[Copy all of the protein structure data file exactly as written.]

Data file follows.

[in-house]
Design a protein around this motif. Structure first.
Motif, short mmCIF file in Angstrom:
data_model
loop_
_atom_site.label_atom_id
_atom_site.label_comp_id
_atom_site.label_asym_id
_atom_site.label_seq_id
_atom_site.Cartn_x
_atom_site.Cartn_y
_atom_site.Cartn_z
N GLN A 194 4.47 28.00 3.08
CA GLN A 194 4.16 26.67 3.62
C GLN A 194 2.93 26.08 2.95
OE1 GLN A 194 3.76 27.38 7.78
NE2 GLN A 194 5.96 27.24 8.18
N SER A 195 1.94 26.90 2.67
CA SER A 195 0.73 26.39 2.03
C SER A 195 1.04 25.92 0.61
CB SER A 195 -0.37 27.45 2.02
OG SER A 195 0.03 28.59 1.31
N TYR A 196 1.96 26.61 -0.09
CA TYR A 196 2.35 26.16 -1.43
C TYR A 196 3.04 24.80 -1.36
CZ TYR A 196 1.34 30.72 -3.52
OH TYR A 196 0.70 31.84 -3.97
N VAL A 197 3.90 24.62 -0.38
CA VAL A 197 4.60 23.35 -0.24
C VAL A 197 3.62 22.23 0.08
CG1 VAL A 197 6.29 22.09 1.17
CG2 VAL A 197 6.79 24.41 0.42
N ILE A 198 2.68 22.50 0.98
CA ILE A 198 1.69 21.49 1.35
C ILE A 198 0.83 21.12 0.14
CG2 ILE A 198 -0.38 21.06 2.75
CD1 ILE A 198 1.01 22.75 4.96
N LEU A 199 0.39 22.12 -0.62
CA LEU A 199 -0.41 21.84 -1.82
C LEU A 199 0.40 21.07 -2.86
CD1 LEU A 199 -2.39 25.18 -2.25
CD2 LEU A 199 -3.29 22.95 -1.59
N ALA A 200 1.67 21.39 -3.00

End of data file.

[in-house]
Design a protein around this motif. Structure first.
Motif, short mmCIF file in Angstrom:
data_model
loop_
_atom_site.label_atom_id
_atom_site.label_comp_id
_atom_site.label_asym_id
_atom_site.label_seq_id
_atom_site.Cartn_x
_atom_site.Cartn_y
_atom_site.Cartn_z
N GLN A 194 4.47 28.00 3.08
CA GLN A 194 4.16 26.67 3.62
C GLN A 194 2.93 26.08 2.95
OE1 GLN A 194 3.76 27.38 7.78
NE2 GLN A 194 5.96 27.24 8.18
N SER A 195 1.94 26.90 2.67
CA SER A 195 0.73 26.39 2.03
C SER A 195 1.04 25.92 0.61
CB SER A 195 -0.37 27.45 2.02
OG SER A 195 0.03 28.59 1.31
N TYR A 196 1.96 26.61 -0.09
CA TYR A 196 2.35 26.16 -1.43
C TYR A 196 3.04 24.80 -1.36
CZ TYR A 196 1.34 30.72 -3.52
OH TYR A 196 0.70 31.84 -3.97
N VAL A 197 3.90 24.62 -0.38
CA VAL A 197 4.60 23.35 -0.24
C VAL A 197 3.62 22.23 0.08
CG1 VAL A 197 6.29 22.09 1.17
CG2 VAL A 197 6.79 24.41 0.42
N ILE A 198 2.68 22.50 0.98
CA ILE A 198 1.69 21.49 1.35
C ILE A 198 0.83 21.12 0.14
CG2 ILE A 198 -0.38 21.06 2.75
CD1 ILE A 198 1.01 22.75 4.96
N LEU A 199 0.39 22.12 -0.62
CA LEU A 199 -0.41 21.84 -1.82
C LEU A 199 0.40 21.07 -2.86
CD1 LEU A 199 -2.39 25.18 -2.25
CD2 LEU A 199 -3.29 22.95 -1.59
N ALA A 200 1.67 21.39 -3.00